Mobile healthcare applications

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Mobile devices, such as cell phones and PDAs (personal digital assistants), are becoming the main medium by which people send and receive data while out of the office or home. With the advent of smart phones, the internet and the most common software applications are available without relying on a PC. In healthcare, mobile applications can reduce delays by providing digital information quickly, thus having the potential to reduce system cost, as well as, errors [1]. Also, there is evidence to show that patients or healthcare consumers would likely engage more in their own care if they had healthcare applications on their cell phones [2]. This article will give examples of EMR (electronic medical record) applications for mobile devices with a description of key functional features. Secondly, the technological framework for these applications will be explored. Finally, a few general recommendations for using mobile health applications in clinical care will be given.

Mobile devices are already being used to retrieve data. A Pew Internet & American Life Project survey revealed that 17% of cell phone users have utilized their device to look up health information and about 9% have phone software applications to help track or manage their own health. The number of users becomes exponentially greater when you consider there are least 5,000 health-related applications, 70% of them intended for the consumer [3]. An additional use of mobile devices by patients would be to use them to access their personal health records.

For clinicians, several health applications designed for mobile devices that interface with EMRs are currently in the market. For example, Allscripts Remote is an application that enables providers to remotely control their Allscripts Enterprise EMR or Allscripts Professional EMR from any location. In a few seconds, providers can take advantage of their practice EMR’s functional features through devices such as an Apple iPhone, iPod Touch, BlackBerry, or other smart phone [4]. Using Allscripts Remote, providers have been able to make complex medical decisions even while out of the office – such as in the hospital, while on the road and at home. The actions performed while using Remote are immediately recorded in the Allscripts EMR, creating a complete and accurate patient record in real time [4].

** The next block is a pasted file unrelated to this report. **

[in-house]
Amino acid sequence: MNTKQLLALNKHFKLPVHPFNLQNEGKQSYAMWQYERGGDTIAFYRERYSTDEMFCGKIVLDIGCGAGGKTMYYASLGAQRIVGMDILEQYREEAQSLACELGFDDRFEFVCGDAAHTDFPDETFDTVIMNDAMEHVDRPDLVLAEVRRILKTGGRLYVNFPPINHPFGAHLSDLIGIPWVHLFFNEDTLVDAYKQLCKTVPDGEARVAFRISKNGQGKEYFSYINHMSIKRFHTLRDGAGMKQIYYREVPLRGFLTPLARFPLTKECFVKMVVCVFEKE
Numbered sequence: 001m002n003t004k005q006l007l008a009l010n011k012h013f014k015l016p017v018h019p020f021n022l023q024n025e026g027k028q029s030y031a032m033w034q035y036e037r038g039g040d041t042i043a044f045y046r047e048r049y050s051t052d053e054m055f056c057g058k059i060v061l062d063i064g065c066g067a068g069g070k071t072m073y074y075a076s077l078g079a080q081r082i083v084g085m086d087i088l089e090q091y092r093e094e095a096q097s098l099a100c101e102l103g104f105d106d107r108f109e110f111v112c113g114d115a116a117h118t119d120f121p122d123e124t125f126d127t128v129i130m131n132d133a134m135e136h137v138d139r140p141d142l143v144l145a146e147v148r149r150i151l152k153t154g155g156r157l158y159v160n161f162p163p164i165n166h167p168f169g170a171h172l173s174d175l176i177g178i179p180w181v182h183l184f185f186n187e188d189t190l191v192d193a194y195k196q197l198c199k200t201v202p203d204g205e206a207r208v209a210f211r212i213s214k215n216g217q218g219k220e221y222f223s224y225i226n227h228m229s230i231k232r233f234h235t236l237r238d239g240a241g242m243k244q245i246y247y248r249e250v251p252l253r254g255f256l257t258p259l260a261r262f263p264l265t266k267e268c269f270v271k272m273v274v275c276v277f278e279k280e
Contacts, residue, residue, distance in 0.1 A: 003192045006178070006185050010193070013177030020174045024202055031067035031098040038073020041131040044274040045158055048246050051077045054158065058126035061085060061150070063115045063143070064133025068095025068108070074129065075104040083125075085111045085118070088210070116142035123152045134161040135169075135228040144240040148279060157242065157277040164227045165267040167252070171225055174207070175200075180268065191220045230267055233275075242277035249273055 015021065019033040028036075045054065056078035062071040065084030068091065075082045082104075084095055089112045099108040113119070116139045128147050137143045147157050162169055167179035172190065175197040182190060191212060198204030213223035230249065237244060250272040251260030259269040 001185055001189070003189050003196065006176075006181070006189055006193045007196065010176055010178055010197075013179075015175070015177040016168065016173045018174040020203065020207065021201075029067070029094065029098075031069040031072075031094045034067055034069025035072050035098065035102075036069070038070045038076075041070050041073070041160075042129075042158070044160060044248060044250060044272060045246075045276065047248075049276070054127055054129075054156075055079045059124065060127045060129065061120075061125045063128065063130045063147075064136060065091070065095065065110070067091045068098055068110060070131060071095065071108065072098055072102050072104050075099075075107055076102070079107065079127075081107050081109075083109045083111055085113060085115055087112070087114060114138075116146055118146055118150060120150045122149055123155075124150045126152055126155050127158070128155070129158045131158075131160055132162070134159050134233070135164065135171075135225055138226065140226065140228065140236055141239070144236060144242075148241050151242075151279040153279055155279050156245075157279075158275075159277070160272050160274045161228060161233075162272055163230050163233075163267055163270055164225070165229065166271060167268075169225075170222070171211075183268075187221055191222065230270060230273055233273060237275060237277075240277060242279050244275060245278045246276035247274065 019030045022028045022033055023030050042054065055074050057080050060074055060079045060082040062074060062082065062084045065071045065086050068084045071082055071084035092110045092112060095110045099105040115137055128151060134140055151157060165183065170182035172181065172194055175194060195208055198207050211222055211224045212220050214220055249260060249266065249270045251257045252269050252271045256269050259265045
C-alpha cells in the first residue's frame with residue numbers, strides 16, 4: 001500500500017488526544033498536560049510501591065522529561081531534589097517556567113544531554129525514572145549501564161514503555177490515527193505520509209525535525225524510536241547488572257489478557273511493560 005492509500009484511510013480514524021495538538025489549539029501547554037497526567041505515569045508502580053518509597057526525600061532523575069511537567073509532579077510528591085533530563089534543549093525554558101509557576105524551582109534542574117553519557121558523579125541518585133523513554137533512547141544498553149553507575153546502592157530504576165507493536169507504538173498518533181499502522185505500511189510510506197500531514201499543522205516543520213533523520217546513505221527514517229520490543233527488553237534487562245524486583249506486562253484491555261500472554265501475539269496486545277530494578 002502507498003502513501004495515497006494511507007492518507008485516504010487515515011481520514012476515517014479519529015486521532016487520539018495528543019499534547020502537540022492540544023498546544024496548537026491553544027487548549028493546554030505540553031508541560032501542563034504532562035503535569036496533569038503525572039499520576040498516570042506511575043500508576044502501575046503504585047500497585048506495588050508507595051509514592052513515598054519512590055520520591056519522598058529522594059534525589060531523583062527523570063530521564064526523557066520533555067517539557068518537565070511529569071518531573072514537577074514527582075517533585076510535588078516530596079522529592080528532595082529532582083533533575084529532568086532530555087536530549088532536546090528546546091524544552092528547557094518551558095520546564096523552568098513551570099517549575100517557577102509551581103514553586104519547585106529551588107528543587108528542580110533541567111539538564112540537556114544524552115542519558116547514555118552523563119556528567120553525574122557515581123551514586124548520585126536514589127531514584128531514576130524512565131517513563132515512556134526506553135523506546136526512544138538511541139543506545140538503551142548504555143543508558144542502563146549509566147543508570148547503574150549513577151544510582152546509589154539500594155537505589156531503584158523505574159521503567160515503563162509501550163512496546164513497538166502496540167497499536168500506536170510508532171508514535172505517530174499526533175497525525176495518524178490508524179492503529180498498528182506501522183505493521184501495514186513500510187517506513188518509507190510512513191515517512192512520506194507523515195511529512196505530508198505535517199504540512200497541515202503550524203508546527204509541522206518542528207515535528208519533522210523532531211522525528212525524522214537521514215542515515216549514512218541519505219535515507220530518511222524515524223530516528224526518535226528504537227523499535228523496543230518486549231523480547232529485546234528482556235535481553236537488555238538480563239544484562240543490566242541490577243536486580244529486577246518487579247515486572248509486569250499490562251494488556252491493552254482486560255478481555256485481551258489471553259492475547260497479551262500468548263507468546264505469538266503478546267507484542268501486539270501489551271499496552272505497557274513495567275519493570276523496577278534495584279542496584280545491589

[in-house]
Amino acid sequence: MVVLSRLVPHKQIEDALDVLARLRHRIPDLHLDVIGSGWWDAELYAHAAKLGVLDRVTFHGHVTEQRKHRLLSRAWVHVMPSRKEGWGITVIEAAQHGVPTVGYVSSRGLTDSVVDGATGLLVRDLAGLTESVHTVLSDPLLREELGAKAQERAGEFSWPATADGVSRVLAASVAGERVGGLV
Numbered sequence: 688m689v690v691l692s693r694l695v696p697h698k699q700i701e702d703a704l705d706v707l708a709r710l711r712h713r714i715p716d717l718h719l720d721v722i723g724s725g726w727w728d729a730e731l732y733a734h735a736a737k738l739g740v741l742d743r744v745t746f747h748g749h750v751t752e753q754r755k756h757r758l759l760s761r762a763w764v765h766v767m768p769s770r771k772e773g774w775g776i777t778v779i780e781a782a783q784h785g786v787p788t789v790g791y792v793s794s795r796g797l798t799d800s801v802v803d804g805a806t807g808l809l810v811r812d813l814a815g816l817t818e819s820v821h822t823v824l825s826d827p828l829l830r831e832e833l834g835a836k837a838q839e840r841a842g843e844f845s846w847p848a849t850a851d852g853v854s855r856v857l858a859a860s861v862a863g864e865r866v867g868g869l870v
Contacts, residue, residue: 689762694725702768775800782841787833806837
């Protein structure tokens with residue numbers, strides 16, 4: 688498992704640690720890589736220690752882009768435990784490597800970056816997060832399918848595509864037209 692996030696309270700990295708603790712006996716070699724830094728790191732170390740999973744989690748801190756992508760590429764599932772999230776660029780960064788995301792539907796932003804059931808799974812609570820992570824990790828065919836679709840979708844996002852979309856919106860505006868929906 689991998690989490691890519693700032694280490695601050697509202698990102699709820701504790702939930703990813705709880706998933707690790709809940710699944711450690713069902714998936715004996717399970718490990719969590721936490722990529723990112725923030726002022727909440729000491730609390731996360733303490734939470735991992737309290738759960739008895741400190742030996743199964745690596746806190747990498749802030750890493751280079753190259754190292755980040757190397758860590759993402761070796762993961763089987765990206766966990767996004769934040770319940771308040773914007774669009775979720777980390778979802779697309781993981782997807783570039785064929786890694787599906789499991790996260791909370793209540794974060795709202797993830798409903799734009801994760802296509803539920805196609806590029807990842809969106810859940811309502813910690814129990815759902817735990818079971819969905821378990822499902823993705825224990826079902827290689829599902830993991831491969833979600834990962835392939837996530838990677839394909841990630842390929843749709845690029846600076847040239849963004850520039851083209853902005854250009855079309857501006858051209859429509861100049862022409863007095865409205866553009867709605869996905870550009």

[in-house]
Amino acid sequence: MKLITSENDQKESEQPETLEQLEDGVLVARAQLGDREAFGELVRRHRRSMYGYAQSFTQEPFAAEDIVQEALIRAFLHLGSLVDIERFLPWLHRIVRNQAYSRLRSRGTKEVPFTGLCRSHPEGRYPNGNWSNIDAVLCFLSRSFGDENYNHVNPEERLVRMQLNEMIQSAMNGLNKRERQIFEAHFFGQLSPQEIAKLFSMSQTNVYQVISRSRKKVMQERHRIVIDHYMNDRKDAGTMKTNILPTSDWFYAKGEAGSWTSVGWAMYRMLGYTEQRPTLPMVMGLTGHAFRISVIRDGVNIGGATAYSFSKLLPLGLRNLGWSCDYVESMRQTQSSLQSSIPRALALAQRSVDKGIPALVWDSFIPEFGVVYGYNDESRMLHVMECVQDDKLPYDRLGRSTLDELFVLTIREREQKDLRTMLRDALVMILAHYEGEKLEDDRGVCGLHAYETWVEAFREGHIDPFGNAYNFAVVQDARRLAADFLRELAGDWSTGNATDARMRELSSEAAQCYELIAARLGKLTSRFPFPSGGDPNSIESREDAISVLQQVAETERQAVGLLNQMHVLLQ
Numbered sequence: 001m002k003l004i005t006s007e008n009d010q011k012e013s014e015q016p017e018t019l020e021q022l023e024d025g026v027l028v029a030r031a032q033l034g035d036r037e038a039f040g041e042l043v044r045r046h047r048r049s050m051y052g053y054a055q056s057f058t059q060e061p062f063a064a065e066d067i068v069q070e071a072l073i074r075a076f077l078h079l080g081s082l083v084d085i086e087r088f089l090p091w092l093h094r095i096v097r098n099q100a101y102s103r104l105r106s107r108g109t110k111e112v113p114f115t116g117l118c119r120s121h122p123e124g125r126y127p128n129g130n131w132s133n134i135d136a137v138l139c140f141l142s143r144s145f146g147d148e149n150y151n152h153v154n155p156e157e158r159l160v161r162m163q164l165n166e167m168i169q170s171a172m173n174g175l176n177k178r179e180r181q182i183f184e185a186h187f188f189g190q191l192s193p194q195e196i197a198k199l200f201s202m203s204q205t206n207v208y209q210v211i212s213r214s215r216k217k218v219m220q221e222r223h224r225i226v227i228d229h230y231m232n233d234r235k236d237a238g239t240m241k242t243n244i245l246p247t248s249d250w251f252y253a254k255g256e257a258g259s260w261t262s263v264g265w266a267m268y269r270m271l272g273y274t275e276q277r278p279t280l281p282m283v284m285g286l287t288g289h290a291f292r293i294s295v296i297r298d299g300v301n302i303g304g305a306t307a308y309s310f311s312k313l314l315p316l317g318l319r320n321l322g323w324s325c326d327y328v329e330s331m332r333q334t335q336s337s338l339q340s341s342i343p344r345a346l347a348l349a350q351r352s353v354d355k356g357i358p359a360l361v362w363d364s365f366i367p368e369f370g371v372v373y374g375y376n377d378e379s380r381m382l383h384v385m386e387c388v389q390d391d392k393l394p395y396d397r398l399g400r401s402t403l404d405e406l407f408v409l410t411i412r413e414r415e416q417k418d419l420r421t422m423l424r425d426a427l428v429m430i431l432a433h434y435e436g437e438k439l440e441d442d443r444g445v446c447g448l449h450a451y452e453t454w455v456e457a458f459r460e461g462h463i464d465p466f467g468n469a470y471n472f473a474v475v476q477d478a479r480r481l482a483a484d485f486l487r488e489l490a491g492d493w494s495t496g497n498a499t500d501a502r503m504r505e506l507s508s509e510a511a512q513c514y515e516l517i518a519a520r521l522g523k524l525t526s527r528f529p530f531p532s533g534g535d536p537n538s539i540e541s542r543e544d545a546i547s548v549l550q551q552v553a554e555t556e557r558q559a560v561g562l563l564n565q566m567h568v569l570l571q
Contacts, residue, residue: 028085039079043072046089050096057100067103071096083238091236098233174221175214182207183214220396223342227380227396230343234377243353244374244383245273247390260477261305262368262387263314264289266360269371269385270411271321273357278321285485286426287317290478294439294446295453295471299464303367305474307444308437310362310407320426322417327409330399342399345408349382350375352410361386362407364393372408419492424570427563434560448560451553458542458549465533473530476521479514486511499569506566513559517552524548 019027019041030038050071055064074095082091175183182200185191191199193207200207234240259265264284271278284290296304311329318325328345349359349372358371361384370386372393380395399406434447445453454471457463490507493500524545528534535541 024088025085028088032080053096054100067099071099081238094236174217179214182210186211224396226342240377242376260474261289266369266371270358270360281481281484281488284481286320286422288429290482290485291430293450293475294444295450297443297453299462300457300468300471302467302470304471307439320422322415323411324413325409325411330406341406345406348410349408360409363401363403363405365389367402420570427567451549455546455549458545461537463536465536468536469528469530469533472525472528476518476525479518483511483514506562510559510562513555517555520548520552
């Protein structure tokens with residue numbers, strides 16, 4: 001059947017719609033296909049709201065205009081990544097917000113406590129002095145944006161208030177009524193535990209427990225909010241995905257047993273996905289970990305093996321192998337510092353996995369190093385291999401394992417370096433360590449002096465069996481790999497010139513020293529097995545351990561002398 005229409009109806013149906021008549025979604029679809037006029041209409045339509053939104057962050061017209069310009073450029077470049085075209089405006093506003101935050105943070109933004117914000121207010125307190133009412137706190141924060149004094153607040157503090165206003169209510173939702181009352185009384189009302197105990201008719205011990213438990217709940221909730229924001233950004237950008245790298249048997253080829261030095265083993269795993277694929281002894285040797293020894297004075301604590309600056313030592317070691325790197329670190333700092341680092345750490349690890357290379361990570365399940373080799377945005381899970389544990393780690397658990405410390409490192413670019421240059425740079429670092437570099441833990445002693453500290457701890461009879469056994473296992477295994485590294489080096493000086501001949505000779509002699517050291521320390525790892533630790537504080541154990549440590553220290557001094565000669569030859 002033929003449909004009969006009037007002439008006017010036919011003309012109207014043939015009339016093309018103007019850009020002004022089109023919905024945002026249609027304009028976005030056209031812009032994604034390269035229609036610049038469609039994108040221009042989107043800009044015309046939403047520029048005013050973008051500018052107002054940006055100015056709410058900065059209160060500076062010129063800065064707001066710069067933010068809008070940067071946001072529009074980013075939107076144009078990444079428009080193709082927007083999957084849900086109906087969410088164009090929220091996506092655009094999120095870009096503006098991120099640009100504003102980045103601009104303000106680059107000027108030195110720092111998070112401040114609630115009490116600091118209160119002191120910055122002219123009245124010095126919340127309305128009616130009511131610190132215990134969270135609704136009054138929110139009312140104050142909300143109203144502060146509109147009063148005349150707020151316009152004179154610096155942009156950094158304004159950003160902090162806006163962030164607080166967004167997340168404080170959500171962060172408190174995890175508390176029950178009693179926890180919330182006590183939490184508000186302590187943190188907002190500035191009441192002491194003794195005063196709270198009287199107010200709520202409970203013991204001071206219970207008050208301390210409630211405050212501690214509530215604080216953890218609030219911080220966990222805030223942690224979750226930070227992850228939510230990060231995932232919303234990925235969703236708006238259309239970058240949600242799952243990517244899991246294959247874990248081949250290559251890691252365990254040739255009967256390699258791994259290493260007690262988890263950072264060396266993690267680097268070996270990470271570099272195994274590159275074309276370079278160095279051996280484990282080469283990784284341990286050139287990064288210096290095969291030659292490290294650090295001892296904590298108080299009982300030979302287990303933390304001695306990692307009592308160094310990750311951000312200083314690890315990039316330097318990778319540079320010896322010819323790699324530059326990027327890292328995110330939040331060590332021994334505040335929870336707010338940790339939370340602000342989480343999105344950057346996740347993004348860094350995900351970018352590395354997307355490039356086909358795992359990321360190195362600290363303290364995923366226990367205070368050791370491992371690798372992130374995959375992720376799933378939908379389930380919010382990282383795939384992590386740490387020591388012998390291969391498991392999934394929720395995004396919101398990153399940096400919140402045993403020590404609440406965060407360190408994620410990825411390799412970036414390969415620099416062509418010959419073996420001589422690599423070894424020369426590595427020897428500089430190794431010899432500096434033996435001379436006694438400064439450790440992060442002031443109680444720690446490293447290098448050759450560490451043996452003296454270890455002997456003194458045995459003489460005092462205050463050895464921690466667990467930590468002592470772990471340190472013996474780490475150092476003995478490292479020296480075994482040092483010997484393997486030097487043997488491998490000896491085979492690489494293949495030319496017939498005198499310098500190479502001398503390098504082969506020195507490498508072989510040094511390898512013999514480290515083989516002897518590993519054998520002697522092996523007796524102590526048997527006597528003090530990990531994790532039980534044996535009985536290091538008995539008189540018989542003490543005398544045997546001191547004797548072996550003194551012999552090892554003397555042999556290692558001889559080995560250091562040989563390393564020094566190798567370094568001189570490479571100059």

Another example, of a successful iPhone application that connects users to an EHR is Haiku. This product was the result of Apple’s iPhone teaming up with EMR giant Epic. Some of Haiku’s strengths include a robust user interface design, ability to render clear photos (ie. patient picture), a complete problem/ medication/allergy list, labs and full demographic information[5].

However, there are technological limitations with mobile based EMR applications. First, the cell phone has limited ability to process large quantities of data. Image and xml files are especially difficult to support. Secondly, even if data can be properly accessed, sending or receiving data from an external device must be synchronized. Some devices may not have adequate memory for caching. Third, the small user interface area slows down data entry [6].There are certain technologies that would be used to support mobile based EMR applications. J2ME allows good portability and Windows CE provides users the same display features they are used to finding in Windows applications on their PCs. [6].